May 2012

5/31 Cubs sign Lindsay

The Cubs signed free agent pitcher Shane Lindsay and assigned him to Triple-A Iowa. The Cubs also have released pitcher Nate Robertson, and he is now a free agent. In December, Lindsay signed with the Dodgers as a Minor League free agent and was a non-roster invite to Spring Training.  He was 0-1 with a 5.00 ERA in eight games for the Albuquerque Isotopes from April 27-May 19, before getting released. Last season, Lindsay was 2-2 with a 1.98 ERA and four saves in 45 games for Triple-A Charlotte and was named to the International League All-Star team.  He was called up by the White Sox on Sept. 2 and made four appearances for his first big league action. Lindsay originally signed with the Rockies in 2003 as a non-drafted free agent out of his native Australia. He missed the entire 2007 season due to shoulder surgery.  Entering this season, Lindsay was 22-17 with a 3.37 ERA and six saves in 169 career Minor League games (46 starts) with the Rockies (2004-10), Yankees (’10), Indians (’10), and White Sox (’11). Robertson was 0-2 with an 8.10 ERA in 14 games with Iowa.

— Carrie Muskat 

5/30 Draft day homework

A short time after the Cubs completed their sweep of the Padres at Wrigley Field, Dale Sveum was back throwing batting practice Wednesday to a prospective Draft pick, Puerto Rican shortstop Carlos Correa, who was being considered for Monday’s First-Year Player Draft. Sveum wasn’t the only one watching as Theo Epstein, Jed Hoyer, Jason McLeod, Randy Bush, Tim Wilken and others in the Cubs front office were present. Also, California left-handed pitcher Max Fried, another top prospect, worked out at Wrigley. They are the first of possibly 40 players whom the Cubs will bring to Wrigley over the next few days leading up to the Draft. Epstein and McLeod did face to face interviews with players while together in Boston, and plan to do the same with the Cubs, who have the sixth pick overall and two supplemental round selections.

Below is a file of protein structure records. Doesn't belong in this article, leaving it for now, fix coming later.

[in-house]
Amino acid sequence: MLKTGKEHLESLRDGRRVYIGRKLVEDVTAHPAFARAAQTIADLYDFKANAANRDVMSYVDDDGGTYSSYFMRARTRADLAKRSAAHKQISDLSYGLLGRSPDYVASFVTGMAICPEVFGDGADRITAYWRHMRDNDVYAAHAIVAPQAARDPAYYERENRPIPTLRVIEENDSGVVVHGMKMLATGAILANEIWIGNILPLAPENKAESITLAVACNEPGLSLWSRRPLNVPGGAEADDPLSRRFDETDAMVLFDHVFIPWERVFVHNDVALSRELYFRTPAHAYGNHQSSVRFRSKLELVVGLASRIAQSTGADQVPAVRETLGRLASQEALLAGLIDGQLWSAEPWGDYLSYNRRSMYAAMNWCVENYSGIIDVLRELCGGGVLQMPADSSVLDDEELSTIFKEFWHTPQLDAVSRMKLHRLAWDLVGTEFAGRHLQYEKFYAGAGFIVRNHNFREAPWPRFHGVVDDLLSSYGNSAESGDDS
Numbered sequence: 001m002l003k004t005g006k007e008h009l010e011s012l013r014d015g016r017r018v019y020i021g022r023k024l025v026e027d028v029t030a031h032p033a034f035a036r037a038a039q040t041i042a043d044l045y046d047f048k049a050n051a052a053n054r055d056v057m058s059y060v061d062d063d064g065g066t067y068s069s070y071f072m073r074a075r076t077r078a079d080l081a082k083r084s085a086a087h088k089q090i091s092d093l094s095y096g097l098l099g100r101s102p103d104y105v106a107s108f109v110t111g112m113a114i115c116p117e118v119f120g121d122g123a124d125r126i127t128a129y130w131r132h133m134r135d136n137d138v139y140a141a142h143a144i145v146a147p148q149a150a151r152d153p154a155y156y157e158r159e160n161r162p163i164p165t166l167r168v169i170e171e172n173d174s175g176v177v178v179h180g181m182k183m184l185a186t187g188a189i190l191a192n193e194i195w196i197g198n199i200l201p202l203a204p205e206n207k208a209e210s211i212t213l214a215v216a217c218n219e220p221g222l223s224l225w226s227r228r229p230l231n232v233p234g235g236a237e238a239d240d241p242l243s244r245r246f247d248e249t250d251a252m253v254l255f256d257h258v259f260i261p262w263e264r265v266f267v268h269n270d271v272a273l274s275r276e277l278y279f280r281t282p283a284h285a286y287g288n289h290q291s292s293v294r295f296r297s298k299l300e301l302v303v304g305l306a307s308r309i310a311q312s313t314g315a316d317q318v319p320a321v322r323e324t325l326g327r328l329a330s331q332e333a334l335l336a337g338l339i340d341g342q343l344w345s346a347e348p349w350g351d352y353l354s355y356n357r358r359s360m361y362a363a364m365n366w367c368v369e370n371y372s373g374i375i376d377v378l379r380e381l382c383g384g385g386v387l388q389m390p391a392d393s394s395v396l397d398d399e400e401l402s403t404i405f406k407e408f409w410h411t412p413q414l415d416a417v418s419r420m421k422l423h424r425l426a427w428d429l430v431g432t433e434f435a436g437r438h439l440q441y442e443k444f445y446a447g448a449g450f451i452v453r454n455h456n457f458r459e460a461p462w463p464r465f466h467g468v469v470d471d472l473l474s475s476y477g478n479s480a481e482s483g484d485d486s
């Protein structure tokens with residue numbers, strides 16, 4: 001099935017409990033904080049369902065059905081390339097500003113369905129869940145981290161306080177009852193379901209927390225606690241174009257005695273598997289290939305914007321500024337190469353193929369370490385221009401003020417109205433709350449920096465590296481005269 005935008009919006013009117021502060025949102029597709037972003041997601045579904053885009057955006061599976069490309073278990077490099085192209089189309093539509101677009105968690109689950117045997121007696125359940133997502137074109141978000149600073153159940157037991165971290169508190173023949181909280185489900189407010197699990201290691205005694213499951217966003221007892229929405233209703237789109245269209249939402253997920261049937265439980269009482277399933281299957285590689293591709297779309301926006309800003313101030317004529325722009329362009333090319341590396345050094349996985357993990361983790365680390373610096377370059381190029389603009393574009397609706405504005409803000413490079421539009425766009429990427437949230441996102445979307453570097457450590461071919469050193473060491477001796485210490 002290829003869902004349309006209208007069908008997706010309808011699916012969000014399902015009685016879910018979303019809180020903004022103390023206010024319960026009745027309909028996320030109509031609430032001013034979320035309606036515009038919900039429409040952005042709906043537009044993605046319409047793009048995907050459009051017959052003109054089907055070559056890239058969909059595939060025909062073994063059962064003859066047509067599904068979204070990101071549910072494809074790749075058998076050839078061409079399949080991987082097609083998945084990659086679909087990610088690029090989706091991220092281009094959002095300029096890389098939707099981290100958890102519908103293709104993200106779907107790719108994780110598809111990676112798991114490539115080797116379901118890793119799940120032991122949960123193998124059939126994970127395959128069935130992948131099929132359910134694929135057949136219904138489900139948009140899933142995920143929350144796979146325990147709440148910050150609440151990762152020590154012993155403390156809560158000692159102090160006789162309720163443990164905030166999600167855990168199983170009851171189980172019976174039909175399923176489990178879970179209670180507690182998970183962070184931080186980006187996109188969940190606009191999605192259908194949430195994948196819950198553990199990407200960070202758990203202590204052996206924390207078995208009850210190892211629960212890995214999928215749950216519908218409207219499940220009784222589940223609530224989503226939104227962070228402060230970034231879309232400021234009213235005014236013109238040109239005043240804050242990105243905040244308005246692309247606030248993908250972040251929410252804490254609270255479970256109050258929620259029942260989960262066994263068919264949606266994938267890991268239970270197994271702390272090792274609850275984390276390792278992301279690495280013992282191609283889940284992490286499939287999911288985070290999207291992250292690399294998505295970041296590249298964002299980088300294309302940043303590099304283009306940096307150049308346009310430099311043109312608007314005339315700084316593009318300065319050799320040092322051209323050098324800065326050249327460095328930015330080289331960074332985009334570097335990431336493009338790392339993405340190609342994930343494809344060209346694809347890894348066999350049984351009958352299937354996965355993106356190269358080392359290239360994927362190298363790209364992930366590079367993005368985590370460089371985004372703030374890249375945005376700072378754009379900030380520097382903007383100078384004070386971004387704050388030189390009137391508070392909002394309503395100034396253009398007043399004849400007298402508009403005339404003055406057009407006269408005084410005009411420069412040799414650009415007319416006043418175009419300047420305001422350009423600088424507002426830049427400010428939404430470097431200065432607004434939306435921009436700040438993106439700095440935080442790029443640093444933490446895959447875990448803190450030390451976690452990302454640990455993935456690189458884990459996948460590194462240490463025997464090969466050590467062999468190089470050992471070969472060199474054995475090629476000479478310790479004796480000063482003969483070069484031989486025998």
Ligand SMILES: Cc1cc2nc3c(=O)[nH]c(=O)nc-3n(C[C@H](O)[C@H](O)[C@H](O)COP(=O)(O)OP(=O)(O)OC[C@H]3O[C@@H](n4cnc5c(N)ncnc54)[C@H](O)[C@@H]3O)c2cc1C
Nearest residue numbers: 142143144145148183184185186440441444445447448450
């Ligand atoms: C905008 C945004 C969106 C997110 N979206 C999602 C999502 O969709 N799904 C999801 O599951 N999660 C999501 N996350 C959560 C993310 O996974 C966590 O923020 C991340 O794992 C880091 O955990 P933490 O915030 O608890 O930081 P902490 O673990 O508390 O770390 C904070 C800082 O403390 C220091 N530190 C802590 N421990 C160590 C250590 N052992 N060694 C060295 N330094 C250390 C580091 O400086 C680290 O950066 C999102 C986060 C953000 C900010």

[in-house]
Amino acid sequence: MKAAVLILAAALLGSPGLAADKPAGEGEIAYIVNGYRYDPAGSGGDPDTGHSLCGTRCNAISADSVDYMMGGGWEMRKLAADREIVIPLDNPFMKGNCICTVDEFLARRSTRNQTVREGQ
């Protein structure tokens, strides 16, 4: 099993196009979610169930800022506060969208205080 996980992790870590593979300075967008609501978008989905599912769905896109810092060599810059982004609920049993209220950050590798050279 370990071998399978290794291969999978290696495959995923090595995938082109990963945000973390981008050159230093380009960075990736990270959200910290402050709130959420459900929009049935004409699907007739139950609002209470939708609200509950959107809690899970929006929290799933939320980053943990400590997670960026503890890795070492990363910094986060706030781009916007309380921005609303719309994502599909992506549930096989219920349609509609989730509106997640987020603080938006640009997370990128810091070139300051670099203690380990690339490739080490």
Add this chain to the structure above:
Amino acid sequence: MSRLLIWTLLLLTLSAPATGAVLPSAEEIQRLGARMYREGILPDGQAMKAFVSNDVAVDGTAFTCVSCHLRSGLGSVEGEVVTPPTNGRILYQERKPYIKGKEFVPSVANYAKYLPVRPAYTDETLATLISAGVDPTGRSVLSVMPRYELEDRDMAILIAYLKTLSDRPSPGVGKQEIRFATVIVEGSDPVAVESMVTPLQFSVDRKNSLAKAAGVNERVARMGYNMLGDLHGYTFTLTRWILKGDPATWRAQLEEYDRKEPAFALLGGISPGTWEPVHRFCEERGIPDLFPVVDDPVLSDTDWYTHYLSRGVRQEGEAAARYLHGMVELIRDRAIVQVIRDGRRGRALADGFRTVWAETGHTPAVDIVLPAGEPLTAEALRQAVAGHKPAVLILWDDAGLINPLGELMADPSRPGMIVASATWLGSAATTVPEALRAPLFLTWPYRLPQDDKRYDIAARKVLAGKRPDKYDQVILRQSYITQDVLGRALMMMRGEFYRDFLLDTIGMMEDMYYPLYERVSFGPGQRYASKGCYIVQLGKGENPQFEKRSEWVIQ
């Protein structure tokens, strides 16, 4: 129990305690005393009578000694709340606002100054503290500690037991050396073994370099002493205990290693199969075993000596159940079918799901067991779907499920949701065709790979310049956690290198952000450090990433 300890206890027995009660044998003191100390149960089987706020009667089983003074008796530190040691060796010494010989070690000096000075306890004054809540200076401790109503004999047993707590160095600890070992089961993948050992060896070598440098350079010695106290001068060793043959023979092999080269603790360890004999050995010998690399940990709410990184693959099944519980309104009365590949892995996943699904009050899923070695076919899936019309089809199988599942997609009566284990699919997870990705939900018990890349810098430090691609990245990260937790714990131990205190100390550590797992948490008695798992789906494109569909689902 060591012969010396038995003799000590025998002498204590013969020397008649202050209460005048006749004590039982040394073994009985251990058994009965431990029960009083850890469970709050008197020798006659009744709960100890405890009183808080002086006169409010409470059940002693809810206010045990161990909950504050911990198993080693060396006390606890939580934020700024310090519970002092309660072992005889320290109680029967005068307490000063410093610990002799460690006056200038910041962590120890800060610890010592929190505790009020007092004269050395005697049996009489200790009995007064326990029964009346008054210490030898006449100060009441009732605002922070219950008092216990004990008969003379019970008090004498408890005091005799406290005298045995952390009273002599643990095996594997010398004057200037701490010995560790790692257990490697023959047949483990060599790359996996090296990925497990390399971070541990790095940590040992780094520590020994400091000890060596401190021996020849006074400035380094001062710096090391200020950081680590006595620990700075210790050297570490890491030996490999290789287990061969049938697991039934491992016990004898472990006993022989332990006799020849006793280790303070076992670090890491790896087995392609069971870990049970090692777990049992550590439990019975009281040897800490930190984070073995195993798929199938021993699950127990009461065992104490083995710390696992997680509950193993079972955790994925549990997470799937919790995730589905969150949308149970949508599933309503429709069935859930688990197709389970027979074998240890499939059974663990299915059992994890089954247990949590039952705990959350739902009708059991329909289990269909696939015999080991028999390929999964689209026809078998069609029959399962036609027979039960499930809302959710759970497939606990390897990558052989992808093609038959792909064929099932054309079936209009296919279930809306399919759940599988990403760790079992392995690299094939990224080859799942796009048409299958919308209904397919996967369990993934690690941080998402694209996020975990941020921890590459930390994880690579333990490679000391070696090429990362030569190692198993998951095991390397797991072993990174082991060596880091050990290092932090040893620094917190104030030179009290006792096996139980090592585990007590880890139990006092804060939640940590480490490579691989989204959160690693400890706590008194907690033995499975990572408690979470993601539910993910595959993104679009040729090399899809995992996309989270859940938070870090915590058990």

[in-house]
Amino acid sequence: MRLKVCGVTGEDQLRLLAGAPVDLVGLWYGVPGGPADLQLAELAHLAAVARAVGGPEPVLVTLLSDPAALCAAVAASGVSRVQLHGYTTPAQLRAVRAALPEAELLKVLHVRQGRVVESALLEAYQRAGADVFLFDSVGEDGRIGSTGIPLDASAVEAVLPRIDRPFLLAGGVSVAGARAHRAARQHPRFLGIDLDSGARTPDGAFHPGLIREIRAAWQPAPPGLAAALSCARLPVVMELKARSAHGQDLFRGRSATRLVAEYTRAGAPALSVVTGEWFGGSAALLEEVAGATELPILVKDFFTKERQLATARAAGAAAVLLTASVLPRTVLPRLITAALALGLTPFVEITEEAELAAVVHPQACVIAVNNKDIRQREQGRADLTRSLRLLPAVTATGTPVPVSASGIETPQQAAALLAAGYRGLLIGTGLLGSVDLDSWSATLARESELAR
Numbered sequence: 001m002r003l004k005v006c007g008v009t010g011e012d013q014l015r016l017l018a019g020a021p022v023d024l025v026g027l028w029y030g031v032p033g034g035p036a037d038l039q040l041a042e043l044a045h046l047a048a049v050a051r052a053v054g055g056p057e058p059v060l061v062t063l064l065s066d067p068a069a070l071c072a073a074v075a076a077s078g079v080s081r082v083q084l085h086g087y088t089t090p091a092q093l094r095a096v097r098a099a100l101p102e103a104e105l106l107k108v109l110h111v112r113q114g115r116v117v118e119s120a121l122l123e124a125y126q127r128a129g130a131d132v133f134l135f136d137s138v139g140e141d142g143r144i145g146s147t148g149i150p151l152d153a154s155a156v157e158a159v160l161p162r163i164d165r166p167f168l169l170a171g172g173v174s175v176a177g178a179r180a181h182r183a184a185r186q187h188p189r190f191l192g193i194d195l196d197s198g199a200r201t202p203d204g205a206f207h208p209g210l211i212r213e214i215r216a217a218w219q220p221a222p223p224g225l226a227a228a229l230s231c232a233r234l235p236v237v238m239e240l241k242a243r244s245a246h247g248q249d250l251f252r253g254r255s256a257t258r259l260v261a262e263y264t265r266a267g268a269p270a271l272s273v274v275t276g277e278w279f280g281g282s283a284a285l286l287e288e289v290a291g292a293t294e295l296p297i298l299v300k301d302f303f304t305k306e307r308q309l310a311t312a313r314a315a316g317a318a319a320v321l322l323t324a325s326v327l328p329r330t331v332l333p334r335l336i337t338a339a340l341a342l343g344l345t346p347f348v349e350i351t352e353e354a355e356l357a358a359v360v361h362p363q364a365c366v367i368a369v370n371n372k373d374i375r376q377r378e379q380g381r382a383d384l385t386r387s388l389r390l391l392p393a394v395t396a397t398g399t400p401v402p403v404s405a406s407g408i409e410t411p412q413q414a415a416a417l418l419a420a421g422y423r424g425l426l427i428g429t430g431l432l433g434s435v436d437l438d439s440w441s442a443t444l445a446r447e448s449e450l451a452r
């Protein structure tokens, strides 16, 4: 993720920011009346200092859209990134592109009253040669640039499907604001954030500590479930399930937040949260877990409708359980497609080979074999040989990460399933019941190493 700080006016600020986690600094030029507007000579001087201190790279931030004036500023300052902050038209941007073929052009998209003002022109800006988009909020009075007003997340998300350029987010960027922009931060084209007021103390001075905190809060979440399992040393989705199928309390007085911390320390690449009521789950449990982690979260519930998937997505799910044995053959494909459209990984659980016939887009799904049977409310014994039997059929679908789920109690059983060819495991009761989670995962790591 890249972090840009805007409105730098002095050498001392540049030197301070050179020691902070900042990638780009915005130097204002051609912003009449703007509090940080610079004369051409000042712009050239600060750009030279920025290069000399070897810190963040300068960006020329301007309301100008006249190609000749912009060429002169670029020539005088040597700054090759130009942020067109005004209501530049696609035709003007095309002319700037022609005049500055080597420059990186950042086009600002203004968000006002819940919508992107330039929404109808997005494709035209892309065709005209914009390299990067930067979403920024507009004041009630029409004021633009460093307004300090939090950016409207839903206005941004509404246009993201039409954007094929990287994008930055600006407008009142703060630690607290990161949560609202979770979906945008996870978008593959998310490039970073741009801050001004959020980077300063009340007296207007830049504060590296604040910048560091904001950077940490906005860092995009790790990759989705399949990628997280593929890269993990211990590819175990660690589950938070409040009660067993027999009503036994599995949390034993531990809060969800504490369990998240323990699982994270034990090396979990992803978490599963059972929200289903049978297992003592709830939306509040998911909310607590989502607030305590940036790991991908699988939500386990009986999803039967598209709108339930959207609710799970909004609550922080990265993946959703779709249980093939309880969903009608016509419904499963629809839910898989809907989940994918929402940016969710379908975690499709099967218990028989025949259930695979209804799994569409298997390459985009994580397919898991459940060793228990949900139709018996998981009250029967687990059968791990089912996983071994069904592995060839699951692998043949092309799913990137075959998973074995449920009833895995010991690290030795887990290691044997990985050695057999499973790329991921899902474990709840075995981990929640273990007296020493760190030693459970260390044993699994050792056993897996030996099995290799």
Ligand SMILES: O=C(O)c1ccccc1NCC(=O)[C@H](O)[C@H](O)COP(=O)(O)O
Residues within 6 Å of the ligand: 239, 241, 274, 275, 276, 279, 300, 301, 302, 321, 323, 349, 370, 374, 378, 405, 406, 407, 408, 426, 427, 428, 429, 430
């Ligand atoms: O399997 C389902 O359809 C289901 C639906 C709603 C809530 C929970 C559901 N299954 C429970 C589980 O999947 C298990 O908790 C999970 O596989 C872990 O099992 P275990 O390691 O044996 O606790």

— Carrie Muskat

5/30 Cubs sweep Padres

* Darwin Barney’s two-run walk off homer was the first walk off blast of his career. He’s now hit safely in four straight, and is 6-for-13 in that streak.

“That was the first walk off home run I’ve ever had at any level,” Barney said. “I didn’t even see it go out. I was just running, running hard. It was crazy. It’s already gone and past and it happened so past.”